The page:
- Power is conducive to evil. It's not a capitalism-only thing. - I don't think it's necessary (nor considered requisite fairness) for you to devise an alternative, with your alternative being dumping yourself into the GOP or Tea Party. I think critiquing a system for it's own sake is worthy and important, and helps people understand what they are participating in. The analysis is necessary before any consideration can be given to an alternative, and that alternative is certainly not your responsibility (it's ALL of our responsibilities). Frankly, I feel that when the response to this piece is solely to challenge you to state your alternative, that is a clear sign of a person who is not willing to face or consider what you've unveiled. It's a deflection. I think it's a great piece, and I can relate to the growing despondency over our capitalist system I detect in it.


Interesting thoughts...

Gong Show Rant

This G8/G20 boondoggle is infuriating.  There are fences all the way up to Huntsville, a police state in downtown Toronto, and a ridiculously ugly $57,000 kiddies swimming pool for the media on the shore of Lake Ontario.  The billion dollar price tag for this charade is insane.  The politicians deem it a necessity...we have to have these meetings for the world's super-elite, and put the cost of it on the working classes.  Make a fuss about it and the Cons will ignore you, as they always do.  How do we know whether it's going to be worth it or not yet?  Indeed.

Harper figured that having the G20 meeting in downtown Toronto would showcase Canada's financial prowess, even though all the bankers and investors are taking the next couple of days off because Bay Street is now a militarized zone and they fear for their lives from the yet-to-appear throngs of insane, violent protestors.  I hope that they do show up and deaths occur...if only to justify the (holy shit!) billion dollar price tag.  Harper is a fucking idiot....what the hell were he and his strategists thinking?  Not about much other than themselves, once again, apparently.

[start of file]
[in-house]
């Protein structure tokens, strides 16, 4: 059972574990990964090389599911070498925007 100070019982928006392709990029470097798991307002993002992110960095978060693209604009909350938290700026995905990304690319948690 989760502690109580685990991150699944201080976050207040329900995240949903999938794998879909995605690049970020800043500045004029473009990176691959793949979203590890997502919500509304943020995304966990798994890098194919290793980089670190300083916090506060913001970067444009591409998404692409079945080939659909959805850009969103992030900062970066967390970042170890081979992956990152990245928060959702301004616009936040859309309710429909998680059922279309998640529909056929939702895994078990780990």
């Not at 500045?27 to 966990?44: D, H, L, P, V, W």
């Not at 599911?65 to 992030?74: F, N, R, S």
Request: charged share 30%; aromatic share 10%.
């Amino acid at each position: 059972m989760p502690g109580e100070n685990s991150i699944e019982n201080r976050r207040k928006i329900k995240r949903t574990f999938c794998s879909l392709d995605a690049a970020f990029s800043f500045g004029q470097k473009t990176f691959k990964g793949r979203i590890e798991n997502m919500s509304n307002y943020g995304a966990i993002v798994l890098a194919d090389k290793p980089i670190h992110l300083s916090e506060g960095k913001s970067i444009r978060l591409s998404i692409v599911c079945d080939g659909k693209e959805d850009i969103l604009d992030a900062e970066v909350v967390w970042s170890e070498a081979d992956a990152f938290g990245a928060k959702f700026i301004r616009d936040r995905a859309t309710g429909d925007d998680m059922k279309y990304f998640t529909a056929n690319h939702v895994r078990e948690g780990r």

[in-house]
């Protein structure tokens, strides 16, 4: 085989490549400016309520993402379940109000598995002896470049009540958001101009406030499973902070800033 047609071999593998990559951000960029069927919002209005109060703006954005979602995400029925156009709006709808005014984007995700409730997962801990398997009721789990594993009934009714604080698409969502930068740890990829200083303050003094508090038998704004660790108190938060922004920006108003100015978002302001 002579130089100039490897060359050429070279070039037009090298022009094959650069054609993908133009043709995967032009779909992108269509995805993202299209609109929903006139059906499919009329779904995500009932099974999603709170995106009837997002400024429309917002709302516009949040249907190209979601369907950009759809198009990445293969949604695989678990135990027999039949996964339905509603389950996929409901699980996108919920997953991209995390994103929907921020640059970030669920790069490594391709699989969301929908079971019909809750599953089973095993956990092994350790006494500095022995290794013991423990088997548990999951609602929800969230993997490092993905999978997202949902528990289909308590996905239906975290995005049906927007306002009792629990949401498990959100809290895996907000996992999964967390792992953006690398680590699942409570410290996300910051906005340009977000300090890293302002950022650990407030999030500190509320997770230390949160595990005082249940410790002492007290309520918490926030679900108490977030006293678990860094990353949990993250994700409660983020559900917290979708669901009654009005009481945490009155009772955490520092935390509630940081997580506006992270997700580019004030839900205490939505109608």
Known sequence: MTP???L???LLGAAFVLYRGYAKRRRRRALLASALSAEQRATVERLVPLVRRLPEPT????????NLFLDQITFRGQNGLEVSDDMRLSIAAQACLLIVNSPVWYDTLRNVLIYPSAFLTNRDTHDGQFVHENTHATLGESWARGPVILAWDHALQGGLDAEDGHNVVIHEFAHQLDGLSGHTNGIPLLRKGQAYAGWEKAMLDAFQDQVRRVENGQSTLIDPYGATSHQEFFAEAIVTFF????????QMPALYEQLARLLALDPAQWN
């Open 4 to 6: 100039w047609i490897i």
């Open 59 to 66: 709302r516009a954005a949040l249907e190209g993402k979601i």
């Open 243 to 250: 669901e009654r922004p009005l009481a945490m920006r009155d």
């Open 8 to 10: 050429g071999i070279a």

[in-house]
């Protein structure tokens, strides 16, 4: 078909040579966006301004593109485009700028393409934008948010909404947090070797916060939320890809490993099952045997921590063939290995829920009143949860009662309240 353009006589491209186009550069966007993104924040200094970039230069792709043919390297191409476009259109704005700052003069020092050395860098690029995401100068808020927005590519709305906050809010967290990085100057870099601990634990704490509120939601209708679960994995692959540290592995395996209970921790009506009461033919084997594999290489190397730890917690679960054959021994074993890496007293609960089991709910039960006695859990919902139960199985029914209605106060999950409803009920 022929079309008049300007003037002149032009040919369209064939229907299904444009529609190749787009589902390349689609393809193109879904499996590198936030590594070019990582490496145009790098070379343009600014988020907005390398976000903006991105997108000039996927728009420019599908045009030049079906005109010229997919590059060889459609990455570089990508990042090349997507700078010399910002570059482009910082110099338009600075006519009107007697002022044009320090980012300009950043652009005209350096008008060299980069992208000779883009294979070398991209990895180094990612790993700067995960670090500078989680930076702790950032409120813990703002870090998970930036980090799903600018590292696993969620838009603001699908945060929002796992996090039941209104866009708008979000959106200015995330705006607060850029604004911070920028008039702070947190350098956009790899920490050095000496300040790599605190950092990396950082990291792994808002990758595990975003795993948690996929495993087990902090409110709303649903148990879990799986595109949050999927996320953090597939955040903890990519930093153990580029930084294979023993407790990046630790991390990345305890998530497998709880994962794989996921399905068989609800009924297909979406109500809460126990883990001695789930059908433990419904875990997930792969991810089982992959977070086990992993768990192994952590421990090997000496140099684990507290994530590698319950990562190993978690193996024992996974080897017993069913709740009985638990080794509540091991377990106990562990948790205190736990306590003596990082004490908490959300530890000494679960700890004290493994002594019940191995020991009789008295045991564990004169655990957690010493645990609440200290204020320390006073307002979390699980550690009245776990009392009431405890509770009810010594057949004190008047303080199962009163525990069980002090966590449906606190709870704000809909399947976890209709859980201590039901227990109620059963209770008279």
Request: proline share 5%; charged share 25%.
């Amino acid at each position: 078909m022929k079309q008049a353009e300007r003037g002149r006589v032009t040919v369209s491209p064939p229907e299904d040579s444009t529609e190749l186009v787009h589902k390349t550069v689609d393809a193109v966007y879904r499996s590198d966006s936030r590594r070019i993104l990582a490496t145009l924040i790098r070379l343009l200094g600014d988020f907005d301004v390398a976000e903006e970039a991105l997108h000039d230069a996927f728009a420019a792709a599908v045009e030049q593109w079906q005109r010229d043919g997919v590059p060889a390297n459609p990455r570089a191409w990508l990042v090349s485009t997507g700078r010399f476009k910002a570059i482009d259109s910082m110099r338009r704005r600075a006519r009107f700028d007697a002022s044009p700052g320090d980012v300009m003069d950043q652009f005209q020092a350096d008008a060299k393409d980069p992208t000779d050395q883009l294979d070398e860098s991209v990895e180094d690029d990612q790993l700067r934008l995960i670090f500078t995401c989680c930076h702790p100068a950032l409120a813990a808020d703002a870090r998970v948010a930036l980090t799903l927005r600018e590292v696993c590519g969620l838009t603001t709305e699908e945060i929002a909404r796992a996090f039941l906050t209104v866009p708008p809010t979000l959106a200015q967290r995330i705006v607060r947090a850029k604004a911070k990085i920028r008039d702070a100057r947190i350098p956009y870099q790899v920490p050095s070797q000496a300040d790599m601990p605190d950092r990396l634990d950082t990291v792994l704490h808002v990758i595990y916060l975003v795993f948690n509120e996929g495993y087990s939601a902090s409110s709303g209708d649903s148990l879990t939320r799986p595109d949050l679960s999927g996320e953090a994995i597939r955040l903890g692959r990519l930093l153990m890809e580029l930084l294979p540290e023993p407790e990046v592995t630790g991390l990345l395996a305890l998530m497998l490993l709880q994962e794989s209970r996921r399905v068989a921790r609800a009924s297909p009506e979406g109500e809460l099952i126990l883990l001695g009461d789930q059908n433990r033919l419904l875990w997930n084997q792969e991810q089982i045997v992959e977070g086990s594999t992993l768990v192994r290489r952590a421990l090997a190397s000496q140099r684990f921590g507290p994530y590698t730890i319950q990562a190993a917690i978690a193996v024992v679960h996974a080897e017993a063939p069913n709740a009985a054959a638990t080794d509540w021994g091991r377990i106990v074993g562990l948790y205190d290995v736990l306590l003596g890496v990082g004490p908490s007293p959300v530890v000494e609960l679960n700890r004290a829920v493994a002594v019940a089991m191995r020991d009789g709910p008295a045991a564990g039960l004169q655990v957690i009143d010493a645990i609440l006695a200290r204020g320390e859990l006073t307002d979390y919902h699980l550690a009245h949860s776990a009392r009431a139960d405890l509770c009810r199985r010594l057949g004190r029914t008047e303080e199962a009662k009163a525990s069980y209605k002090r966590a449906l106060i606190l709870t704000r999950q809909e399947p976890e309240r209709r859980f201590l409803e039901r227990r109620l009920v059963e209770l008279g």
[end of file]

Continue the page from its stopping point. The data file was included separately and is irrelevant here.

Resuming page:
And it's all happening in this shithole of a city.  I've been here two weeks too long already.  I keep giving southern Ontario extra chances to change my mind on what a crappy place it is, but this trip is another FAIL.  Gotta get somewhere?  Well, just hop in a fucking car and sit in some fucking traffic in this ugly city.  The people are all self-absorbed, stressed, rude, and high-strung.  Anyone I know here who is decent is not from here.  Everyone else will have a 'conversation' with you, but the entire chat is truly spent enduring Ontarians talk about themselves, their awesome lives living in a shithole, and how the rest of Canada including where you are from is worth ridicule since it isn't here.  Really?  Is it possible you people can talk more about yourselves, please?  My ears aren't bleeding enough yet.

I got the old, "You're from Manitoba?  Oh I'm so sorry." bullshit line more than once here, or "You're from the West Coast, oh I couldn't live there; it rains all the time".  Yeah, shut up you Ontario asshole. It's all a joke to you and the universe that revolves around your ego, isn't it?  Screw you!

I've been trying to get people to look me in the eye as they pass by, no luck yet.  And don't get me started on this disgusting humidity, still more tornadoes, and even an earthquake to top things off. I'm counting the minutes until I get out of here.

I remember now why I always go to Montreal and not Toronto when I end up in the East.  It's because people are actually real there and they honestly care about other people.  And they don't incessantly talk just about themselves all the time.  It's obvious the Ontario factor rots everyone's brains here, including the politicians.

Once again, I reiterate the solution to the spiralling G8/G20 expense 'crisis', why doesn't the cabal of greedy old white men just collectively buy an island nation in the middle of the Pacific and have their meetings there whenever they feel they're warranted?  They can build their Dr. Evil lair there and blow smoke up each other's asses as much as they want, out of the public eye, away from protestors, and with as much security as they feel their inflated egos need.  Leave the rest of us alone like you do the other 363 days a year, you fucks.

16 June 2010

BU2B (Brought Up To Believe) - Rush

(written by Neil Peart)

I was brought up to believe
The universe has a plan
We are only human
It’s not ours to understand

The universe has a plan
All is for the best
Some will be rewarded
And the devil take the rest

All is for the best
Believe in what we’re told
Blind men in the market
Buying what we’re sold
Believe in what we’re told
Until our final breath
While our loving Watchmaker
Loves us all to death

In a world of cut and thrust
I was always taught to trust
In a world where all must fail
Heaven’s justice will prevail

The joy and pain that we receive
Each comes with its own cost
The price of what we’re winning
Is the same as what we’ve lost

Until our final breath
The joy and pain that we receive
Must be what we deserve
I was brought up to believe